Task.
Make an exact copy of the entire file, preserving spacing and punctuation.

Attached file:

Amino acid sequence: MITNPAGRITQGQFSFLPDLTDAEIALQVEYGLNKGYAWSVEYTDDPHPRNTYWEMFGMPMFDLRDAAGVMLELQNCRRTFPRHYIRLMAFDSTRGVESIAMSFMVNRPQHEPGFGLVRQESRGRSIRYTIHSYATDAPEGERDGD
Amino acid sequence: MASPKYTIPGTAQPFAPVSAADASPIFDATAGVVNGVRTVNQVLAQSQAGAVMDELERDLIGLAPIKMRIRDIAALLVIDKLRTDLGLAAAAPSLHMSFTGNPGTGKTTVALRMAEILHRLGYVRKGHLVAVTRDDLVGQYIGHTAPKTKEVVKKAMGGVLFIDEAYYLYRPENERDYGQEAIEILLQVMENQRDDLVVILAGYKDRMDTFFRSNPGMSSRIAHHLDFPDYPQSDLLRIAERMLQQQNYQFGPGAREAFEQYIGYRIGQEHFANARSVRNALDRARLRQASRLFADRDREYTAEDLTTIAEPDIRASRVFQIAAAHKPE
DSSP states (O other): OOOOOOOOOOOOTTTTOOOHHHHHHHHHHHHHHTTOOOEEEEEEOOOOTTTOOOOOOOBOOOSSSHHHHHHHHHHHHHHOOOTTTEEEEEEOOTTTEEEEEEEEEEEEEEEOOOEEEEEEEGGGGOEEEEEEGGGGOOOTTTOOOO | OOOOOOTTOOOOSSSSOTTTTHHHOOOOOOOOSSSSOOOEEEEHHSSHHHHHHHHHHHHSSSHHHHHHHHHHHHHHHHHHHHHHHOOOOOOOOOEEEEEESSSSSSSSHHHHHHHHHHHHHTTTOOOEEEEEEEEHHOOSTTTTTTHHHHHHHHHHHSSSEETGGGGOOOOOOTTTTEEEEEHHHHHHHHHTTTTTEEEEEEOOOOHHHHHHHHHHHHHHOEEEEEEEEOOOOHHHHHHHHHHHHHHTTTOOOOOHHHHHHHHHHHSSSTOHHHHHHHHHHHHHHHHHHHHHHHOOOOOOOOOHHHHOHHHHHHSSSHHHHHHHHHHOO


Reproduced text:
Amino acid sequence: MITNPAGRITQGQFSFLPDLTDAEIALQVEYGLNKGYAWSVEYTDDPHPRNTYWEMFGMPMFDLRDAAGVMLELQNCRRTFPRHYIRLMAFDSTRGVESIAMSFMVNRPQHEPGFGLVRQESRGRSIRYTIHSYATDAPEGERDGD
Amino acid sequence: MASPKYTIPGTAQPFAPVSAADASPIFDATAGVVNGVRTVNQVLAQSQAGAVMDELERDLIGLAPIKMRIRDIAALLVIDKLRTDLGLAAAAPSLHMSFTGNPGTGKTTVALRMAEILHRLGYVRKGHLVAVTRDDLVGQYIGHTAPKTKEVVKKAMGGVLFIDEAYYLYRPENERDYGQEAIEILLQVMENQRDDLVVILAGYKDRMDTFFRSNPGMSSRIAHHLDFPDYPQSDLLRIAERMLQQQNYQFGPGAREAFEQYIGYRIGQEHFANARSVRNALDRARLRQASRLFADRDREYTAEDLTTIAEPDIRASRVFQIAAAHKPE
DSSP states (O other): OOOOOOOOOOOOTTTTOOOHHHHHHHHHHHHHHTTOOOEEEEEEOOOOTTTOOOOOOOBOOOSSSHHHHHHHHHHHHHHOOOTTTEEEEEEOOTTTEEEEEEEEEEEEEEEOOOEEEEEEEGGGGOEEEEEEGGGGOOOTTTOOOO | OOOOOOTTOOOOSSSSOTTTTHHHOOOOOOOOSSSSOOOEEEEHHSSHHHHHHHHHHHHSSSHHHHHHHHHHHHHHHHHHHHHHHOOOOOOOOOEEEEEESSSSSSSSHHHHHHHHHHHHHTTTOOOEEEEEEEEHHOOSTTTTTTHHHHHHHHHHHSSSEETGGGGOOOOOOTTTTEEEEEHHHHHHHHHTTTTTEEEEEEOOOOHHHHHHHHHHHHHHOEEEEEEEEOOOOHHHHHHHHHHHHHHTTTOOOOOHHHHHHHHHHHSSSTOHHHHHHHHHHHHHHHHHHHHHHHOOOOOOOOOHHHHOHHHHHHSSSHHHHHHHHHHOO